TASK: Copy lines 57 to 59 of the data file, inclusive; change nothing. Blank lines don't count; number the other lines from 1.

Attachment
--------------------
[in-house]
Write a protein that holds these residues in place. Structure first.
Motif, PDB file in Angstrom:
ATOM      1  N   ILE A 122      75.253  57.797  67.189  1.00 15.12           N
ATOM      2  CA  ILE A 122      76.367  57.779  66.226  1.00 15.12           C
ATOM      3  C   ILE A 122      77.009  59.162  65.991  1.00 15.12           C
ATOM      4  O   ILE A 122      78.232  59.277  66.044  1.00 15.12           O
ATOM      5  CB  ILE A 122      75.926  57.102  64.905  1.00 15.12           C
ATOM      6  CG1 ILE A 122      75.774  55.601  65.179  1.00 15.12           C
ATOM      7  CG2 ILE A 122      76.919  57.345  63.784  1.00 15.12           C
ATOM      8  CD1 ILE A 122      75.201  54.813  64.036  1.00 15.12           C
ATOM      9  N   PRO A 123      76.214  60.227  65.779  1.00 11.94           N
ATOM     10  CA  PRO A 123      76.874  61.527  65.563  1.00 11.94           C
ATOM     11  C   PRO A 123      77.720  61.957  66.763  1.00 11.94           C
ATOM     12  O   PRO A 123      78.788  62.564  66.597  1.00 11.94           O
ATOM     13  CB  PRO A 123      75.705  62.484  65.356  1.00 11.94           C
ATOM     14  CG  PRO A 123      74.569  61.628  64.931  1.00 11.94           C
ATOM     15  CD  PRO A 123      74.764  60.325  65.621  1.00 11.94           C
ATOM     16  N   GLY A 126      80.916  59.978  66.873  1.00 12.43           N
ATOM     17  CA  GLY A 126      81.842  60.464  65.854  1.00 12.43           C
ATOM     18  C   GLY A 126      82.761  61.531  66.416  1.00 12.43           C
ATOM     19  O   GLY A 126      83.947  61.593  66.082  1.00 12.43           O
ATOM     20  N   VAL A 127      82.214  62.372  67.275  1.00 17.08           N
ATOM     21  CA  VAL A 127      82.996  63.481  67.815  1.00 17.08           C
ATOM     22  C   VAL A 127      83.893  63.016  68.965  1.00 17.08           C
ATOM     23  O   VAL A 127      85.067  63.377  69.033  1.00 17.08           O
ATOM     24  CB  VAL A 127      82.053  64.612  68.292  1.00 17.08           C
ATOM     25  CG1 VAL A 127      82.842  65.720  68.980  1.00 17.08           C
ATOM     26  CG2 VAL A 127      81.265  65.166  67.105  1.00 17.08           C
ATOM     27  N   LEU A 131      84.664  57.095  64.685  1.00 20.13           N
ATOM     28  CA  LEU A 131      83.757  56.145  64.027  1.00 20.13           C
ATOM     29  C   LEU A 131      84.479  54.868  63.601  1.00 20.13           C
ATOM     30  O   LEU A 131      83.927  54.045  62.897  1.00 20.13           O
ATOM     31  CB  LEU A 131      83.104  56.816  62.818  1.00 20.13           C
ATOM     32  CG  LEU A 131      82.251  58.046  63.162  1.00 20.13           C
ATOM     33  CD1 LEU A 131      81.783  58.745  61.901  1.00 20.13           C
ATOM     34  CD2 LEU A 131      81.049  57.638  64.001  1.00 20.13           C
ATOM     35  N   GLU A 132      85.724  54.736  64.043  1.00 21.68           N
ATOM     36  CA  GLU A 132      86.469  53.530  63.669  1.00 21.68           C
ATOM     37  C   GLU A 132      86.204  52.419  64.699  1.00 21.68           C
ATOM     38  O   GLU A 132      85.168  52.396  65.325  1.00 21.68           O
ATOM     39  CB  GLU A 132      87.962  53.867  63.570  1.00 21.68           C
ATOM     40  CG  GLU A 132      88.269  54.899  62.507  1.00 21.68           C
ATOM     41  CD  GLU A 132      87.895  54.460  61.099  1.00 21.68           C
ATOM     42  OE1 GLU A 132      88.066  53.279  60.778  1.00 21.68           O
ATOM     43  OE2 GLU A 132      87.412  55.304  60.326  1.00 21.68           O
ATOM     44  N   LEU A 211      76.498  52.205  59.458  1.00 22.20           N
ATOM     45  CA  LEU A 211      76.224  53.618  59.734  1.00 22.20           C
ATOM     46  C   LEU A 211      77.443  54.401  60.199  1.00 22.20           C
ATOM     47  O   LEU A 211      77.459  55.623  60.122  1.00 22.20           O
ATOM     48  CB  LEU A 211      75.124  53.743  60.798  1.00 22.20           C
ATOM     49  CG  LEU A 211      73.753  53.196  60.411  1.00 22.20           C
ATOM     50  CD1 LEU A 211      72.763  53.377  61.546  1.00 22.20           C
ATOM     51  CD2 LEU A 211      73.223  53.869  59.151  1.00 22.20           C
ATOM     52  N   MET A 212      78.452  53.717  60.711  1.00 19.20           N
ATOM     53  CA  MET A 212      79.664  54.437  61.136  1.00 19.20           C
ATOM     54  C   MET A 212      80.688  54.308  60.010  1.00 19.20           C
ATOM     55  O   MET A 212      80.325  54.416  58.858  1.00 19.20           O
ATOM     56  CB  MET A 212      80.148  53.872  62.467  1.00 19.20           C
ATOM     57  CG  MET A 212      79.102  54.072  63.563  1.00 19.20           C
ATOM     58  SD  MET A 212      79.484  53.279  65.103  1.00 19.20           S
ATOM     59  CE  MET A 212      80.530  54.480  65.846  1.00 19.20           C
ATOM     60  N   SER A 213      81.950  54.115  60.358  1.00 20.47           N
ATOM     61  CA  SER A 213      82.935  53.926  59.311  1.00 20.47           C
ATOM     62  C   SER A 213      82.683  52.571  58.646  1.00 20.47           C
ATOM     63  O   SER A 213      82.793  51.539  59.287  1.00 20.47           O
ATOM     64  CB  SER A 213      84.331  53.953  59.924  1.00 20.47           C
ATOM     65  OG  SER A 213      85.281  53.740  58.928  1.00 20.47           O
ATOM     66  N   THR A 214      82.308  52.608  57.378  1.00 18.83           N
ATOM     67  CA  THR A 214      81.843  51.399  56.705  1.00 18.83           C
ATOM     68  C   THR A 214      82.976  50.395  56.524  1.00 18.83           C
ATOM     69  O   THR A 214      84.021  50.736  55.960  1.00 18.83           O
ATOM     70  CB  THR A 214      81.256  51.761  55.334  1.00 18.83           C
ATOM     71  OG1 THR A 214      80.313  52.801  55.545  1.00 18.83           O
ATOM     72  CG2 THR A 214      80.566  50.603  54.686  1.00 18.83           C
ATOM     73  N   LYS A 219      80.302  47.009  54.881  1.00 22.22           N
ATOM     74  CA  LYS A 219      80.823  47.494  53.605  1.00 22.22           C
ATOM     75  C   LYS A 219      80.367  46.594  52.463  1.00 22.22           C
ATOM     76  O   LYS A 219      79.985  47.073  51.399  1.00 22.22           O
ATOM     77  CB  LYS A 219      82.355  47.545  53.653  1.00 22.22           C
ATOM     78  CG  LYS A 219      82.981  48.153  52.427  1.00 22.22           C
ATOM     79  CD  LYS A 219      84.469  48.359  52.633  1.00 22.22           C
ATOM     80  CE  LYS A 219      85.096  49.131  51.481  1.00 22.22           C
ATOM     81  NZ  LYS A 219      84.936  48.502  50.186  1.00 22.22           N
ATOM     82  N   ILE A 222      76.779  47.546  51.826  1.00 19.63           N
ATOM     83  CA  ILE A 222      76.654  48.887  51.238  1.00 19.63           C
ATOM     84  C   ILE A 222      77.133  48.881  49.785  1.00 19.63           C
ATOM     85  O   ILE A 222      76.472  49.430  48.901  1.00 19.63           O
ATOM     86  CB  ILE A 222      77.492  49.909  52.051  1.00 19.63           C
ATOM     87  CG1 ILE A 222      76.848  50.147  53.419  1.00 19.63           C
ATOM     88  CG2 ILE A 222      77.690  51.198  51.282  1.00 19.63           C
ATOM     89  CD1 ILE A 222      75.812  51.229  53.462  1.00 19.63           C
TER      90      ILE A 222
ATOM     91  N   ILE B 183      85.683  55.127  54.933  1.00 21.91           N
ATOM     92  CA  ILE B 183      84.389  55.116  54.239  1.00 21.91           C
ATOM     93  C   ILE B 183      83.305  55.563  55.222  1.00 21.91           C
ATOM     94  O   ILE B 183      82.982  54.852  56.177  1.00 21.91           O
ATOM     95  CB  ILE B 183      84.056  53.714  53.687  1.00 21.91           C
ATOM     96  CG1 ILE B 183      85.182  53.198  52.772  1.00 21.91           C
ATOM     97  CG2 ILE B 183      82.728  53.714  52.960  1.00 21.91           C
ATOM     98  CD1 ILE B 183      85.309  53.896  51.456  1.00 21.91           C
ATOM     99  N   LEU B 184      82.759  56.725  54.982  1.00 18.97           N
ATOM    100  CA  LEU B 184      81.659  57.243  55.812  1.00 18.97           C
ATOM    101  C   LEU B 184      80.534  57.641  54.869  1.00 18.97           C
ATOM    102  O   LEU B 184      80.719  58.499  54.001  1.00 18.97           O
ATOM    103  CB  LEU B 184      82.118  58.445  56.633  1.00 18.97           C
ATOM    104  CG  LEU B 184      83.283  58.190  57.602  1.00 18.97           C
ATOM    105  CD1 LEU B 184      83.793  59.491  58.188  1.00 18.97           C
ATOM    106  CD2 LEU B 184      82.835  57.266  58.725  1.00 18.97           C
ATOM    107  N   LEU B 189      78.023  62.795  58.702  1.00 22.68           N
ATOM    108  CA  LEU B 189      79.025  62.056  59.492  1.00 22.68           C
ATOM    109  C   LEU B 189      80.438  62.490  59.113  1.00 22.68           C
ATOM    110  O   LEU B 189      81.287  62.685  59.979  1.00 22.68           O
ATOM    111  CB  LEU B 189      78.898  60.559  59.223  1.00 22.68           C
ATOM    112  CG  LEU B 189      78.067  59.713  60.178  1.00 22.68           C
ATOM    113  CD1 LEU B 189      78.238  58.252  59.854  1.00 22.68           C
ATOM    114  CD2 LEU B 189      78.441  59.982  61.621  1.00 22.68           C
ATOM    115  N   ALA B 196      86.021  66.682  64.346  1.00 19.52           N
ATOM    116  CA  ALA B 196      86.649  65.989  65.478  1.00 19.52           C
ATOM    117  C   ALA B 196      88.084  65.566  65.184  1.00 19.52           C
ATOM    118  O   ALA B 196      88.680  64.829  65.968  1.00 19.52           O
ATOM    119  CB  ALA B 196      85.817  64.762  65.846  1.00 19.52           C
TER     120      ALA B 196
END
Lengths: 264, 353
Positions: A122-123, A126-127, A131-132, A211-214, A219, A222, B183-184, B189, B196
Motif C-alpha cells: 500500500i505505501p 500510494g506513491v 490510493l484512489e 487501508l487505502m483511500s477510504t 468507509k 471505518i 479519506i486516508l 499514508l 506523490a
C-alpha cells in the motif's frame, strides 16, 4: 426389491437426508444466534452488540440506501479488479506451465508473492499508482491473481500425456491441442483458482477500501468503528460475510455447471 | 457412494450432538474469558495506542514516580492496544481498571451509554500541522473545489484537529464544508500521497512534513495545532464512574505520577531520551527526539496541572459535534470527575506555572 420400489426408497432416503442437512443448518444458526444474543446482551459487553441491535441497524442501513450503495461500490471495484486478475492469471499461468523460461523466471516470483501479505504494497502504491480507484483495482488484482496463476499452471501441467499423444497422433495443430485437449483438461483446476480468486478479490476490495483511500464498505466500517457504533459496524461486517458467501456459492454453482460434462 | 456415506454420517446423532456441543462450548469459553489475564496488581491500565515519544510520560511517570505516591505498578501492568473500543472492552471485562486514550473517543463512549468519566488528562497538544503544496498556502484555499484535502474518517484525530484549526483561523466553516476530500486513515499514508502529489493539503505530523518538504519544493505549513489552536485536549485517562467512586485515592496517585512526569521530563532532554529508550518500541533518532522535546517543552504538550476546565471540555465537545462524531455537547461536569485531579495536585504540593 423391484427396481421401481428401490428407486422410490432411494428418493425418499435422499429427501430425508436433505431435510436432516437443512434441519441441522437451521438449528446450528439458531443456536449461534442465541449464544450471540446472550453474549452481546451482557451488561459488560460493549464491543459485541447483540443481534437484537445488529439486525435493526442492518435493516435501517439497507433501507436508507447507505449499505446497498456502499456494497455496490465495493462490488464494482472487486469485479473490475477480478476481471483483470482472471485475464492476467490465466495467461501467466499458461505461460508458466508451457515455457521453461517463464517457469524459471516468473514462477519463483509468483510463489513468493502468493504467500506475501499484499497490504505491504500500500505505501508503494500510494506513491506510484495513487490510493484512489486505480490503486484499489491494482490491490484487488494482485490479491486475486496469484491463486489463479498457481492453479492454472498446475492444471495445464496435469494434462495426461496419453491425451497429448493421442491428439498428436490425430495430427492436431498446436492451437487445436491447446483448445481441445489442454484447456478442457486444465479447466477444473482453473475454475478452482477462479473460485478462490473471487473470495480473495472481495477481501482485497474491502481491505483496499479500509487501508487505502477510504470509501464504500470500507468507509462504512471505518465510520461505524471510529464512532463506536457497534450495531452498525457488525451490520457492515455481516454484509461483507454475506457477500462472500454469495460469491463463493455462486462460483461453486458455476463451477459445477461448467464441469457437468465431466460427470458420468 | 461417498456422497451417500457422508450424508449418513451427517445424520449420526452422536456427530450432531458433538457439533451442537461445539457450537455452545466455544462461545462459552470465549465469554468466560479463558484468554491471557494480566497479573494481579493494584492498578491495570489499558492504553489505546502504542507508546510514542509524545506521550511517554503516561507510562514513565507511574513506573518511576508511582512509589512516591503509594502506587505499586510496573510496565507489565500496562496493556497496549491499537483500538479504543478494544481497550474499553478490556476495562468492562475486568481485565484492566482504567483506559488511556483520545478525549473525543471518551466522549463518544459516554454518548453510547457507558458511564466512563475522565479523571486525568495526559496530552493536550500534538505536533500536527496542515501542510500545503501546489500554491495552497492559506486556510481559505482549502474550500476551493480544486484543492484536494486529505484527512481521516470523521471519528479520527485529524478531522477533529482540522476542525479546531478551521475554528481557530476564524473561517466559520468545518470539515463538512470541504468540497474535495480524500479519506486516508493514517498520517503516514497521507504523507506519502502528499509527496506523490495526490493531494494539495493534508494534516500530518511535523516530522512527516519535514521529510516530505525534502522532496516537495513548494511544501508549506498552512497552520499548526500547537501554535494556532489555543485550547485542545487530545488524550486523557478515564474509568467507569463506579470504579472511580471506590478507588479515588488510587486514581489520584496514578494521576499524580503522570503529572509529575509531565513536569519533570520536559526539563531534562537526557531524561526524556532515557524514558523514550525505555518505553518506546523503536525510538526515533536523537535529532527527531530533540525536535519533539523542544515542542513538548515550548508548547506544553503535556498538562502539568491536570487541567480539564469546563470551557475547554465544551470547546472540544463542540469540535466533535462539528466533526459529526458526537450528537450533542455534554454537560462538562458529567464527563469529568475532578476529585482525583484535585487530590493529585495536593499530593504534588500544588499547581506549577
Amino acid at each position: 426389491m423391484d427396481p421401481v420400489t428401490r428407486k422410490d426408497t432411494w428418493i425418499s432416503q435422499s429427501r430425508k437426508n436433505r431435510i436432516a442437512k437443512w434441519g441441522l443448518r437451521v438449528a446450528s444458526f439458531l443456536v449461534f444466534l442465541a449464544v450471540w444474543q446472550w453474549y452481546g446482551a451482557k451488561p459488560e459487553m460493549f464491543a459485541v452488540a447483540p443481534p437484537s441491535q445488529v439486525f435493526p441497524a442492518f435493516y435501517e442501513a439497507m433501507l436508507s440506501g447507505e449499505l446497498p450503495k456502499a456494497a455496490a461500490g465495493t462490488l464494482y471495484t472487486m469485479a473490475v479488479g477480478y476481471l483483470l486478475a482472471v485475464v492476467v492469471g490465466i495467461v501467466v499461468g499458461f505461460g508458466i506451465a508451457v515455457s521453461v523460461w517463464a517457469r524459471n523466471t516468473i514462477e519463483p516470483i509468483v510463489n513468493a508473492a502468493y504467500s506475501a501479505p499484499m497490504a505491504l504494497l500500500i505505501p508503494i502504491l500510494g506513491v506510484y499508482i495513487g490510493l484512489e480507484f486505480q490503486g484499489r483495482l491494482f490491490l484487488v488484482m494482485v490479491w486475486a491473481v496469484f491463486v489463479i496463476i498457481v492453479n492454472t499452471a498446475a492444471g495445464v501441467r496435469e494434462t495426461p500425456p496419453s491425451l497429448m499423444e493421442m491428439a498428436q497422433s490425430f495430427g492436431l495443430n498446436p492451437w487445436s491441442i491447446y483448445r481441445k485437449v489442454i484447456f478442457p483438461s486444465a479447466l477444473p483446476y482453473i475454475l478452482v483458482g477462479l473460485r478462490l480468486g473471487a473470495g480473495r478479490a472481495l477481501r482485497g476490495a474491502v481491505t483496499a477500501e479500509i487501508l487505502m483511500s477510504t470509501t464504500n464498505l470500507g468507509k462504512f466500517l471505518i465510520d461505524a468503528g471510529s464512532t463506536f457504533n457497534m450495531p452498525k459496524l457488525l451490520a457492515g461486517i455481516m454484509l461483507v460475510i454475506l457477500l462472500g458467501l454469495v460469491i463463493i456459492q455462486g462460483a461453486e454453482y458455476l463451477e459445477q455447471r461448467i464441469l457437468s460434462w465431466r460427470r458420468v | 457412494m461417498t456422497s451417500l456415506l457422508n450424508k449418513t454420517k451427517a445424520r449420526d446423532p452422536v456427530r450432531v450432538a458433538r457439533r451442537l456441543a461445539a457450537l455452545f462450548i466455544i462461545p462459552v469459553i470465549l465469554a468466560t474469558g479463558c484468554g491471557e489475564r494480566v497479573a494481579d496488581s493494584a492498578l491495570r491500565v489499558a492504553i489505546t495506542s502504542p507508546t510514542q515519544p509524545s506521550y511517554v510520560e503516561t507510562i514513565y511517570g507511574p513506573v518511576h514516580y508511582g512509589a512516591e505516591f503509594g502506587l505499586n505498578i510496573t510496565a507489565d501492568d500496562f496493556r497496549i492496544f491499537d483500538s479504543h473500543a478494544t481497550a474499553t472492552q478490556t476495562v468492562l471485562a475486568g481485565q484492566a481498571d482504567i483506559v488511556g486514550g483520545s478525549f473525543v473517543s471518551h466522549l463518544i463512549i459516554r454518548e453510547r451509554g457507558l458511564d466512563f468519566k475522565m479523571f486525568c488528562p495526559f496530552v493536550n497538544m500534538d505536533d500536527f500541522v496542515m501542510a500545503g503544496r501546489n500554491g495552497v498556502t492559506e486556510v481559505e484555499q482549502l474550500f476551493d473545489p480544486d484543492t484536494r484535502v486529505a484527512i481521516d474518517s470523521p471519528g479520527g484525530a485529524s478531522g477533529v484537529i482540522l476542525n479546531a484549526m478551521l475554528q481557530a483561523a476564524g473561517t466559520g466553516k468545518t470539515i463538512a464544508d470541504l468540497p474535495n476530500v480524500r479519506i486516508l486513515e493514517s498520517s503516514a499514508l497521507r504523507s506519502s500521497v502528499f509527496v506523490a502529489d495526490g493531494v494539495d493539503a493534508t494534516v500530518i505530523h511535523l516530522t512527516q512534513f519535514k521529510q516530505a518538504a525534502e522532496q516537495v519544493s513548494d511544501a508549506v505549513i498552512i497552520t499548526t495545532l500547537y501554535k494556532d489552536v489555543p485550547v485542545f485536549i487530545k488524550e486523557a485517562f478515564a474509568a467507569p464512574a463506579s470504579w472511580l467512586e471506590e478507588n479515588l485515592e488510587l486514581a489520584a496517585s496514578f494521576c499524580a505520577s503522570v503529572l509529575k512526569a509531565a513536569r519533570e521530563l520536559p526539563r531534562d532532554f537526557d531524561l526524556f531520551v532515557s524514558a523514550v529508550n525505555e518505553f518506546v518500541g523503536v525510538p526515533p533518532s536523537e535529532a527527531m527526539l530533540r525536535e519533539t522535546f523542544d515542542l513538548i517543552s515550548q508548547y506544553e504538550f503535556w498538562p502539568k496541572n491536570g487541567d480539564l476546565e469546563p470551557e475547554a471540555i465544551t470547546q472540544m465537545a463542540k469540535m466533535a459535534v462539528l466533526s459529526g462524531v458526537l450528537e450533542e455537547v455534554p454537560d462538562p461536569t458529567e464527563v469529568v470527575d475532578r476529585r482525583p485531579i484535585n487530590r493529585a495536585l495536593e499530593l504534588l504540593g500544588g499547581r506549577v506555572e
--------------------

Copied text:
ATOM     54  C   MET A 212      80.688  54.308  60.010  1.00 19.20           C
ATOM     55  O   MET A 212      80.325  54.416  58.858  1.00 19.20           O
ATOM     56  CB  MET A 212      80.148  53.872  62.467  1.00 19.20           C